Ethiopia’s Defense Force announced on Tuesday that FM Berhanu Jula, the Defense Chief of Staff, has arrived in Tanzania for a working visit. He was welcomed by his Tanzanian counterpart, General Jacob Makunda, upon arrival.
The purpose of the visit, as stated in the Defense Force’s social media update, is to discuss the relationship and cooperation between the defense forces of the two sisterly countries, aiming to bolster their “strategic partnership.”
During the visit, the Defense Chief acknowledged Tanzania’s contributions to international and regional affairs, along with their cooperation concerning the utilization of the Nile River. Furthermore, he expressed gratitude to Tanzania for its efforts in aiding Ethiopia to address what he referred to as an “internal security problem.”
The Defense Force also highlighted discussions on the relationship between the two countries in the context of ‘Pan-Africanism,’ revealing that an agreement had been reached to continue strengthening the relationship – which sounded more like something that falls within the diplomatic mission work.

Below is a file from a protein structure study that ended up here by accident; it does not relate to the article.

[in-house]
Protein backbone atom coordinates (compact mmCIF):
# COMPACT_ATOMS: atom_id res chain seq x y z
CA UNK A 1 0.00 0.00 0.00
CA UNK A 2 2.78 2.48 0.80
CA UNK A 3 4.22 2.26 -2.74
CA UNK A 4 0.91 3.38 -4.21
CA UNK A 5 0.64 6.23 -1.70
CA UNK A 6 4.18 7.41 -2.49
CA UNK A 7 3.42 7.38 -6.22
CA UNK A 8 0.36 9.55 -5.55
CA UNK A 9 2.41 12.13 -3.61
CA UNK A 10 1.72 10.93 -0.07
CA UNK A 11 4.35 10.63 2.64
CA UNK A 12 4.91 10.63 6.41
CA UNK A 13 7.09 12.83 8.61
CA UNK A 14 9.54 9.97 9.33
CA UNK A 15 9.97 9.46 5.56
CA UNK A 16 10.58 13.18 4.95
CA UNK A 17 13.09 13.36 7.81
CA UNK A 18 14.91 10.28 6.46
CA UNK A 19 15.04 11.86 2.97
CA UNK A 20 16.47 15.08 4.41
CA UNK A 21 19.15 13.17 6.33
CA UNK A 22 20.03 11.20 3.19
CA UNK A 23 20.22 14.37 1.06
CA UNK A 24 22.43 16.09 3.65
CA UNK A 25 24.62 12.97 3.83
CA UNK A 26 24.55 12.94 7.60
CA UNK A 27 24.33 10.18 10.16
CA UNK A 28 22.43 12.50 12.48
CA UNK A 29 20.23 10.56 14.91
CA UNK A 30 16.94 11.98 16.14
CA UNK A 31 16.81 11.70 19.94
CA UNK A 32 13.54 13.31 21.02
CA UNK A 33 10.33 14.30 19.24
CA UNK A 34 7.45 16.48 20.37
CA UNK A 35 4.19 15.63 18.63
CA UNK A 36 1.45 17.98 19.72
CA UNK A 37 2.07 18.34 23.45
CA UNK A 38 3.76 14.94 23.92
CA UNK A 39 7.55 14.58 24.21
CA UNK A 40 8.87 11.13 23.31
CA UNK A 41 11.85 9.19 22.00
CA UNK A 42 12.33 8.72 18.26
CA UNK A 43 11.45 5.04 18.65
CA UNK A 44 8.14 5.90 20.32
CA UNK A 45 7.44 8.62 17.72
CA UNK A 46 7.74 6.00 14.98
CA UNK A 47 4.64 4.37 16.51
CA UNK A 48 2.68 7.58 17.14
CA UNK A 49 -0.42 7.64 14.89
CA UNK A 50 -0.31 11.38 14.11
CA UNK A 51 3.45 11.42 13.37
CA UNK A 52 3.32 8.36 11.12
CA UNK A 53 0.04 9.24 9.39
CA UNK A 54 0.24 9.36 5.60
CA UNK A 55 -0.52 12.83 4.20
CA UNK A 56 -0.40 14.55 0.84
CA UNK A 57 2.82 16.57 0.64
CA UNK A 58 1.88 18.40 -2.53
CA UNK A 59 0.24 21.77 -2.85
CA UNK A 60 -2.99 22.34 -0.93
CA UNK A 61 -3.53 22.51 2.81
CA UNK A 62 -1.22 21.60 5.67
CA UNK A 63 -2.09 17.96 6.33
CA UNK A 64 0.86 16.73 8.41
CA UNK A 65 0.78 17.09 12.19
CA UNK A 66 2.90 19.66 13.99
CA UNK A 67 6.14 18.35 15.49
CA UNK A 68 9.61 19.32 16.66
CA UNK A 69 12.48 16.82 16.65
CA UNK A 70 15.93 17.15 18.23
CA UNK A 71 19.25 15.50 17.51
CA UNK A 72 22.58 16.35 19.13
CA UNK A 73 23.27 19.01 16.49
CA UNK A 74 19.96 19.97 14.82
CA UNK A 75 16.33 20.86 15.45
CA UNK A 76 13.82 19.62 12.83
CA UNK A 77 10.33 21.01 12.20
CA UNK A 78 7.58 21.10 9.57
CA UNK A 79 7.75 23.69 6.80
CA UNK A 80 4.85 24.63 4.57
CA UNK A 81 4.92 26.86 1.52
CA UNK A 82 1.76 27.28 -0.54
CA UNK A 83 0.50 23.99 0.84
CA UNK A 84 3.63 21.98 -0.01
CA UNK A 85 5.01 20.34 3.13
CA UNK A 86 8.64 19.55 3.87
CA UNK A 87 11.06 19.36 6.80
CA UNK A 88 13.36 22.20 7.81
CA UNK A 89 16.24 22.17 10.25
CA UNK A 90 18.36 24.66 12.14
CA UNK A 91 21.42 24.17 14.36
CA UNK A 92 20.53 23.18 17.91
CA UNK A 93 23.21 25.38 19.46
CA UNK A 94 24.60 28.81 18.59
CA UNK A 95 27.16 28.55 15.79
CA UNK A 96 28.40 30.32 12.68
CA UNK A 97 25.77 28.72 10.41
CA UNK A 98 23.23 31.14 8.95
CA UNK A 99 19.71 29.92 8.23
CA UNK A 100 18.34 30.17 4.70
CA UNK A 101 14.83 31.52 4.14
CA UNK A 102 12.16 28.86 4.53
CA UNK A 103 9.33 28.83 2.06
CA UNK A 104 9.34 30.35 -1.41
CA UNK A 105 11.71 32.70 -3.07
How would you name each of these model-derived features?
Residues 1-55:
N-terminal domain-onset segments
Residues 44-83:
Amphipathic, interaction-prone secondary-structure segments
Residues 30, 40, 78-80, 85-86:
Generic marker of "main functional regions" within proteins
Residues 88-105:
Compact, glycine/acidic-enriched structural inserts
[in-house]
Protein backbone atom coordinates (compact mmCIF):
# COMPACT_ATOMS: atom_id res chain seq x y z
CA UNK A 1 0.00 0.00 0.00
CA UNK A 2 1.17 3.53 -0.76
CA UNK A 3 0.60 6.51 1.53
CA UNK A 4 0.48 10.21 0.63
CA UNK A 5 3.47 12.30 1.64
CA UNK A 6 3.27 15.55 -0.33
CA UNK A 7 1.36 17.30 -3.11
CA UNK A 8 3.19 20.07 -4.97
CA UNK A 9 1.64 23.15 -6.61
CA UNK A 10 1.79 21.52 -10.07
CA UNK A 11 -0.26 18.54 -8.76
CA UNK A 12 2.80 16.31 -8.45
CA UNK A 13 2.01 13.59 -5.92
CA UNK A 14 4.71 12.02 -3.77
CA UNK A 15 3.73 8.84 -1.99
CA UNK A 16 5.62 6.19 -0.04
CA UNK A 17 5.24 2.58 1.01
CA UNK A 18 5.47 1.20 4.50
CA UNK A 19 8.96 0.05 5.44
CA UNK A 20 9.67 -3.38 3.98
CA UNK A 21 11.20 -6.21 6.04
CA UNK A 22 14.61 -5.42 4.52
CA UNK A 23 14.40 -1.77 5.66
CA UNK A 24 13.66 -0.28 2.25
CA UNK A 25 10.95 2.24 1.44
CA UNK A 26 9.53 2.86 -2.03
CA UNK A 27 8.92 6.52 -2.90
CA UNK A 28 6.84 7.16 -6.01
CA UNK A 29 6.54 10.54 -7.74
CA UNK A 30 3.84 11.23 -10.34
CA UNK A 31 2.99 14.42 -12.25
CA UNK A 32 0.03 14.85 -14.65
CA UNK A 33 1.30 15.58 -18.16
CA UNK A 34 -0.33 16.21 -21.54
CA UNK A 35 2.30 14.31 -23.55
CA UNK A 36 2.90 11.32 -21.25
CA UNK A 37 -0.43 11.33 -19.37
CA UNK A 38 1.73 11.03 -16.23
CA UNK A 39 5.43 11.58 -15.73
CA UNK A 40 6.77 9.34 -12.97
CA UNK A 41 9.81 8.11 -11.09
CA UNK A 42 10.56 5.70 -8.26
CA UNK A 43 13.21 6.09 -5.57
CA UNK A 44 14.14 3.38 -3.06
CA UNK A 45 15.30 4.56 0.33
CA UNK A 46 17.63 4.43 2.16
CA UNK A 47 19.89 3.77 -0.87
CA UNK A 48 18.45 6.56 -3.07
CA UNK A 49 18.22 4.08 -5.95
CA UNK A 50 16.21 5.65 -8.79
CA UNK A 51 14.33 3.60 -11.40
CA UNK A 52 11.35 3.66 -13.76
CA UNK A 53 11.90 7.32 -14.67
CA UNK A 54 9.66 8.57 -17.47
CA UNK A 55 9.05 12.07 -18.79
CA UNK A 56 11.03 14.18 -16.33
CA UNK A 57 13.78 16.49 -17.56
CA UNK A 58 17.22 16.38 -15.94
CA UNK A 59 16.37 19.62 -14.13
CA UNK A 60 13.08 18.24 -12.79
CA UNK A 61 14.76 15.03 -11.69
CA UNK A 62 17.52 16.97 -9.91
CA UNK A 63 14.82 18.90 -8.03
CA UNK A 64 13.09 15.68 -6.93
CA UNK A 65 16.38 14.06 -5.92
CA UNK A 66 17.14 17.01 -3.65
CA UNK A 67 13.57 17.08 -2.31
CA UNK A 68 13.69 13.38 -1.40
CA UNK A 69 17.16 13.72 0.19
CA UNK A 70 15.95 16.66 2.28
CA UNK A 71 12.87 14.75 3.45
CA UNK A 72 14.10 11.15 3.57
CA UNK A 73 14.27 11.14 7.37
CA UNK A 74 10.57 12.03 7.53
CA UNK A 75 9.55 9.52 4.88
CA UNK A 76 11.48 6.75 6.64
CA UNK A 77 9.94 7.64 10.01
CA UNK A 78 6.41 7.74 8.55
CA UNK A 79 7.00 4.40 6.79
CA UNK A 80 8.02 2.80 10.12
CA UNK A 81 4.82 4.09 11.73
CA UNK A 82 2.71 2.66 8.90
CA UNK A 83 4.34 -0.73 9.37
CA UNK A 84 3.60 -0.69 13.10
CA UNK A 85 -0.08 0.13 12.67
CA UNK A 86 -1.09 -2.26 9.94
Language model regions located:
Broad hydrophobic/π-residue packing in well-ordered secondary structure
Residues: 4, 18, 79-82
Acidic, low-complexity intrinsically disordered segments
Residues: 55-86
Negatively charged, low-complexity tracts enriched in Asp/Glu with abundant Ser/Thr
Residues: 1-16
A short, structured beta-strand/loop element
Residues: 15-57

FM Berhanu Jula, the Ethiopian Defense Force Chief of Staff, has increasingly been associated with supporting Prime Minister Abiy Ahmed’s government and is perceived by many in the opposition quarters in Ethiopia, particularly those active on social media, as aligned with the ‘Oromummaa’ ideology of the expansionist ethnic Oromo nationalists.
In November of this year, Abiy Ahmed’s government engaged in a second round of negotiations with the radical ethnic Oromo Nationalist group, self-identified as the ‘Oromo Liberation Army,’ in Tanzania. Initially represented by General Getachew Gudina, the Ethiopian government later dispatched a Security Adviser to the Prime Minister, Redwan Hussien, in response to pressure from opposition parties who advocated for the exclusion of the military from political negotiations. These talks, reportedly influenced by the United States, included the transportation of Jal Mero, the militant leader, from the jungles of Wollega where his forces predominantly operate. However, no agreement was reached during the negotiations.
The Ethiopian Defense Force has been undertaking a military operation – rather a full-fledged war – in the Amhara region for over six months under the pretext of ‘disarming Fano forces.’ The defense force has been implicated in widespread and severe human rights violations in the region, including extrajudicial executions and rape. Reputable human rights organizations, including those affiliated with the United Nations, have confirmed that hundreds of civilians have been killed in the region since July of this year.”
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